So what should your finance toolkit include?
- A listing on The Australian Franchise Registry™
- The Finance Ready tick from FRANdata
- Accreditation with one or two banks and a non-bank lender
- Consider other strategies you can adopt to assist franchisees
FRANdata introduced the concept of ‘Finance Ready’ franchises in October 2017. This program assesses various criteria and recognises brands that provide good information and enjoy good relationships with franchise lenders. Being Finance Ready will put you on the front foot with lenders and should also result in an improved lender experience given the information this service can assist lenders with.
Franchise Accreditation offered by lenders recognises the strength of the brand. Lenders offer a pre-approved percentage of the purchase price or dollar figure for the franchise business and this can be one of the most hassle-free ways your franchise partners can obtain funding. Most of the major banks offer Franchise Accreditation and a small number of non-bank lenders, like Cashflow It, offer this accreditation as well.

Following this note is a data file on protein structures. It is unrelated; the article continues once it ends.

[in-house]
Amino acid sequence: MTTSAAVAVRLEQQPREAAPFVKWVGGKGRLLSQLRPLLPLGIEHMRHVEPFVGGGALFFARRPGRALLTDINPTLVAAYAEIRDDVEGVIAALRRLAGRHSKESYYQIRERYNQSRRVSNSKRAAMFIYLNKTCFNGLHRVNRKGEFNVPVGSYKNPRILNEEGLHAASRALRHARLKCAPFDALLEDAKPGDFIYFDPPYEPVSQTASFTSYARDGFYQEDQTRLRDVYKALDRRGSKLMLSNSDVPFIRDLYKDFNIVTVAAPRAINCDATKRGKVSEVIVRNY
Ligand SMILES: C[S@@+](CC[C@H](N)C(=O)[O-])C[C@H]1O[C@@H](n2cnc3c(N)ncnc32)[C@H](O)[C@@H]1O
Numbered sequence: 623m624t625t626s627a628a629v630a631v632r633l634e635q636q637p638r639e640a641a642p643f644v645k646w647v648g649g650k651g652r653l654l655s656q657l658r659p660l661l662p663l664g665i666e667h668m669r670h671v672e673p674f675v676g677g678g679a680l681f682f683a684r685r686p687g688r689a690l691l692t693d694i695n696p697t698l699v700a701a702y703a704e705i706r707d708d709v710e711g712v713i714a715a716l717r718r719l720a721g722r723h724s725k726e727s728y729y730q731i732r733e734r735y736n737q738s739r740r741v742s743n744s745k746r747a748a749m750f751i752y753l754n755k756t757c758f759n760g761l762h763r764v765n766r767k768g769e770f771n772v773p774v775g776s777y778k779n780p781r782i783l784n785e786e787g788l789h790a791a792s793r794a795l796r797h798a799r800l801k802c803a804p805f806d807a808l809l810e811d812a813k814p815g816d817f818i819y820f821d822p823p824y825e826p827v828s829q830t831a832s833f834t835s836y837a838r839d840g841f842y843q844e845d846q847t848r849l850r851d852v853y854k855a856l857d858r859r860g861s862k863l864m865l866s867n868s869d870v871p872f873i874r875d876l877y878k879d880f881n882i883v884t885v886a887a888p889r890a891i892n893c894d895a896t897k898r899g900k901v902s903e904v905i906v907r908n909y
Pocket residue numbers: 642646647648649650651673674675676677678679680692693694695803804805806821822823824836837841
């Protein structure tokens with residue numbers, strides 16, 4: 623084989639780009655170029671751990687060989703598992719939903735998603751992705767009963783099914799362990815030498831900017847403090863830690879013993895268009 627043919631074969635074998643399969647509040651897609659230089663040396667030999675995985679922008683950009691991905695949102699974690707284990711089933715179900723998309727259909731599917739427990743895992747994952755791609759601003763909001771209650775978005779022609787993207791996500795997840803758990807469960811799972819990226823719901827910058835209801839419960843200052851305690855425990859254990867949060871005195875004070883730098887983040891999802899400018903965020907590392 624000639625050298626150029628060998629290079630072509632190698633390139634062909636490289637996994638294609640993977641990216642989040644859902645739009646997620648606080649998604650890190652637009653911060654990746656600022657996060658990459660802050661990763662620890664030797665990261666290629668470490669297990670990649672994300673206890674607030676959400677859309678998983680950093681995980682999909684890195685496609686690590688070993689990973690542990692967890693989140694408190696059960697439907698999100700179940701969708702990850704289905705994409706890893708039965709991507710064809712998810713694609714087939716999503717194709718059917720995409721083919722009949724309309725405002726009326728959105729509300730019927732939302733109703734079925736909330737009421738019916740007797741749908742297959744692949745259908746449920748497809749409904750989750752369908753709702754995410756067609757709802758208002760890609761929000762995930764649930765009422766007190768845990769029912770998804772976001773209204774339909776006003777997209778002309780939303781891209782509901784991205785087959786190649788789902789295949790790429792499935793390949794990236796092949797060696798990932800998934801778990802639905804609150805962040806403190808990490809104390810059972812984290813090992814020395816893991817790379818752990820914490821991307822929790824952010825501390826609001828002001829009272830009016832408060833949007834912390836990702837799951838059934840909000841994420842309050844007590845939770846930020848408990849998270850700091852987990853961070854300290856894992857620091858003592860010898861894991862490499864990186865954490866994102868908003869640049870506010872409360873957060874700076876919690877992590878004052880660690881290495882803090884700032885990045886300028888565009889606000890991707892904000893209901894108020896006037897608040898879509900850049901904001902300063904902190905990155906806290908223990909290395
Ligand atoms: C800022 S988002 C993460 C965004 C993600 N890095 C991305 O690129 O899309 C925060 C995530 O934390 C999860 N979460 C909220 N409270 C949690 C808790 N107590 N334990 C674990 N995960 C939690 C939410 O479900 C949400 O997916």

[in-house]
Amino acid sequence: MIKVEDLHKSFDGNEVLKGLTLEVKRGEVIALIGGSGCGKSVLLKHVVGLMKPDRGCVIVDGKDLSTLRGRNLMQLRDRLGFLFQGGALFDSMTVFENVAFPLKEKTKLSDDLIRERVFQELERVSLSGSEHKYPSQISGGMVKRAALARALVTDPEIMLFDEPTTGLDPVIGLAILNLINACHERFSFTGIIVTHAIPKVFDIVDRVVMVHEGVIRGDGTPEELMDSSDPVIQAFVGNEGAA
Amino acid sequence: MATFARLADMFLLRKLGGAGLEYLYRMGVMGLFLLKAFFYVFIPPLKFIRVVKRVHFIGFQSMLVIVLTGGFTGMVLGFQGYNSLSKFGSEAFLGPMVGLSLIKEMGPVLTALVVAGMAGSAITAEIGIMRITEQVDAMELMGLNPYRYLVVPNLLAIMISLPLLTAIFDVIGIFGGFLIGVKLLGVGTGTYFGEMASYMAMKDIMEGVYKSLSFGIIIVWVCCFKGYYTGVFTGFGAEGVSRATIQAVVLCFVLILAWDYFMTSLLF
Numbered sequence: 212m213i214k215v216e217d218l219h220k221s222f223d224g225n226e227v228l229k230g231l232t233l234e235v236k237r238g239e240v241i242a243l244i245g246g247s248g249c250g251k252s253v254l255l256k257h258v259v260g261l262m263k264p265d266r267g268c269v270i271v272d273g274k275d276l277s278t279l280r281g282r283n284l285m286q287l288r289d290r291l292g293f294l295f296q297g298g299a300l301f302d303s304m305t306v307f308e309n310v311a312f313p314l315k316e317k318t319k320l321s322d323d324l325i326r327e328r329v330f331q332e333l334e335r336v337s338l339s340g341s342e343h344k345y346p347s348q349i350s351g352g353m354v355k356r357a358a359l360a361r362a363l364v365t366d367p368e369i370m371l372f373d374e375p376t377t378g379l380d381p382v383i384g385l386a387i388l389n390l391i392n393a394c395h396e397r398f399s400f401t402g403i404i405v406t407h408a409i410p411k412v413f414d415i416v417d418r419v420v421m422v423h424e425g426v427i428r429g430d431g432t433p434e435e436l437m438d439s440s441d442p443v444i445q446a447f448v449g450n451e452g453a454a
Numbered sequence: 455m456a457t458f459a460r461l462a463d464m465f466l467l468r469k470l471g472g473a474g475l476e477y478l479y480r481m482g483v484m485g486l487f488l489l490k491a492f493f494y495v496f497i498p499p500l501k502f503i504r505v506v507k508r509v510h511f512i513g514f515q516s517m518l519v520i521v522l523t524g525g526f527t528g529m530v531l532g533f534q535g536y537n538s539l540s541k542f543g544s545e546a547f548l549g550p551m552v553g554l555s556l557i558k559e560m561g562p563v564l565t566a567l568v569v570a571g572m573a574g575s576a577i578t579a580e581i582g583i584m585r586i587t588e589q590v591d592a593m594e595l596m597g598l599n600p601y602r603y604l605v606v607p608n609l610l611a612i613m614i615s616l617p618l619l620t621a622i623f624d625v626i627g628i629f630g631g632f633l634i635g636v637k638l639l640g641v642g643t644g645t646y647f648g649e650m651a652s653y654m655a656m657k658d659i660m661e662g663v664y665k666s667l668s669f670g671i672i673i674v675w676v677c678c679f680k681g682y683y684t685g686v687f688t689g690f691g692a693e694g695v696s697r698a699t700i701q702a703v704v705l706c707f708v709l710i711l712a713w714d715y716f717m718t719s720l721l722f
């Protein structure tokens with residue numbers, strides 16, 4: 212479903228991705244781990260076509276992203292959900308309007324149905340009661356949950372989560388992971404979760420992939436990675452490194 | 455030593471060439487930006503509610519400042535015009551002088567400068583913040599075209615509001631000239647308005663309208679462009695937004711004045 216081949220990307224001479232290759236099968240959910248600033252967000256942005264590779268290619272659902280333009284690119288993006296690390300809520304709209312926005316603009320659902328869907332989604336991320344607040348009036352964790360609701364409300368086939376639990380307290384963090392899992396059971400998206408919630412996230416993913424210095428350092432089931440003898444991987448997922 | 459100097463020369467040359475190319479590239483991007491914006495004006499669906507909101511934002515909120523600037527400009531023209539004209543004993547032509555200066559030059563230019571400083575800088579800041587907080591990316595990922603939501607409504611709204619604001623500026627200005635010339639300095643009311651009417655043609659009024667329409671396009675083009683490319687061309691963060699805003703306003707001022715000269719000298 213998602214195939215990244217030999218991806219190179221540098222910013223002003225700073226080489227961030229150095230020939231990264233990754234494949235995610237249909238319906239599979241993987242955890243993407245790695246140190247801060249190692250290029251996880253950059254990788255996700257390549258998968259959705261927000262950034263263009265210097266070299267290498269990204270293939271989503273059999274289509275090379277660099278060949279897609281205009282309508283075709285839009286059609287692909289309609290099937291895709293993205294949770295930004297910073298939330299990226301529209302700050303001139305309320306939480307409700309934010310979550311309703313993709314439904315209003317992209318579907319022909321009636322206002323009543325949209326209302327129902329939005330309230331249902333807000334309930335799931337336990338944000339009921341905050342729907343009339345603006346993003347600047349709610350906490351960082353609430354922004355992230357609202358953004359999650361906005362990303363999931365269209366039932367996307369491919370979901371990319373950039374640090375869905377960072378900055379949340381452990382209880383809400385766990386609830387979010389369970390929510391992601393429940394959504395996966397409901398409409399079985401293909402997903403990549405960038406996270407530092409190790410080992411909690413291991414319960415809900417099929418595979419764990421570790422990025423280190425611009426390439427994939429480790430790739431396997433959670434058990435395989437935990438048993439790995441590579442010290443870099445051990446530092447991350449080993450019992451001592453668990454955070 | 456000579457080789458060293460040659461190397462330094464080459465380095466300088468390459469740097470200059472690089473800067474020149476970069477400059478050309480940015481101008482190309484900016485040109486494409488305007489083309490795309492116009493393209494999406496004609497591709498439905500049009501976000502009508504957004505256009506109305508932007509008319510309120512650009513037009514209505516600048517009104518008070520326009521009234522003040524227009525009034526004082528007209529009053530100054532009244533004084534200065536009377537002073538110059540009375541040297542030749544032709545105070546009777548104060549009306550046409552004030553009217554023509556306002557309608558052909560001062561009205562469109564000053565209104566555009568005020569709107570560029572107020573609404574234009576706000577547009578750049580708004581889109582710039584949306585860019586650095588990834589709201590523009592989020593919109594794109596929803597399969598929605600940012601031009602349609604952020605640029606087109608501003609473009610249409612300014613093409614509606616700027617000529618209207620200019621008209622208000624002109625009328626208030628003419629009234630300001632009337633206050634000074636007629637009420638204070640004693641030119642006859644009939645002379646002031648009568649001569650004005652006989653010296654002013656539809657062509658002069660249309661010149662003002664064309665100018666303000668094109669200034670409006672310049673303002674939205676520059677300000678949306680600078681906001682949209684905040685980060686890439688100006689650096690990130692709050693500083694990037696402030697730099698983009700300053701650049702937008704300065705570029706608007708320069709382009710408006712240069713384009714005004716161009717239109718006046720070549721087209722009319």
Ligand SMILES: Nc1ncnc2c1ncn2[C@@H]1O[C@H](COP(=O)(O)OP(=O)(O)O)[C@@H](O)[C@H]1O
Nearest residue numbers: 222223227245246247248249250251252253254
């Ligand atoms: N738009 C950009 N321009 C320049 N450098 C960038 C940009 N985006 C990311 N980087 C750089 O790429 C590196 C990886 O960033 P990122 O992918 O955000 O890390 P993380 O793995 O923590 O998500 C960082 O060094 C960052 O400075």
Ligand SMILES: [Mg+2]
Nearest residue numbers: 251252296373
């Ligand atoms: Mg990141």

The processes involved in becoming an Accredited Franchise will vary from lender to lender. Bank accreditation is generally available to networks that have more than 40 or 50 units. It can be quite a comprehensive and lengthy review process and is normally subject to regular review. Accreditations can also be withdrawn if the quality of the loan portfolio deteriorates.
The amount you can access through bank accreditation may still not be sufficient for franchise partners to complete a purchase. While loan to value ratios vary, the average bank accreditation will allow lending of between 50% to 60% of the purchase price of a franchise. Given many franchises can reach values in the hundreds of thousands of dollars, this can mean significant savings are required, often still resulting in a shortfall. Bank accreditation is also not a guaranteed approval.
There may still be specific criteria your franchise partners have to meet, like equity in property or minimum cash amounts contributed to the purchase.
Accreditation with non-bank lenders is often a much quicker process, especially with lenders that have a good understanding of franchising and specialise in the franchise sector. Non-bank lenders are generally more flexible than traditional banks, as well. While the cost of capital can be slightly higher than the banks, there are many benefits to a non- bank lender’s product offering:
- The non-bank lender is themselves funded by banks and other financial
- Fast approvals – generally 24 to 48
- May not require asset
- May be willing to fund greenfield sites and assets generally avoided by the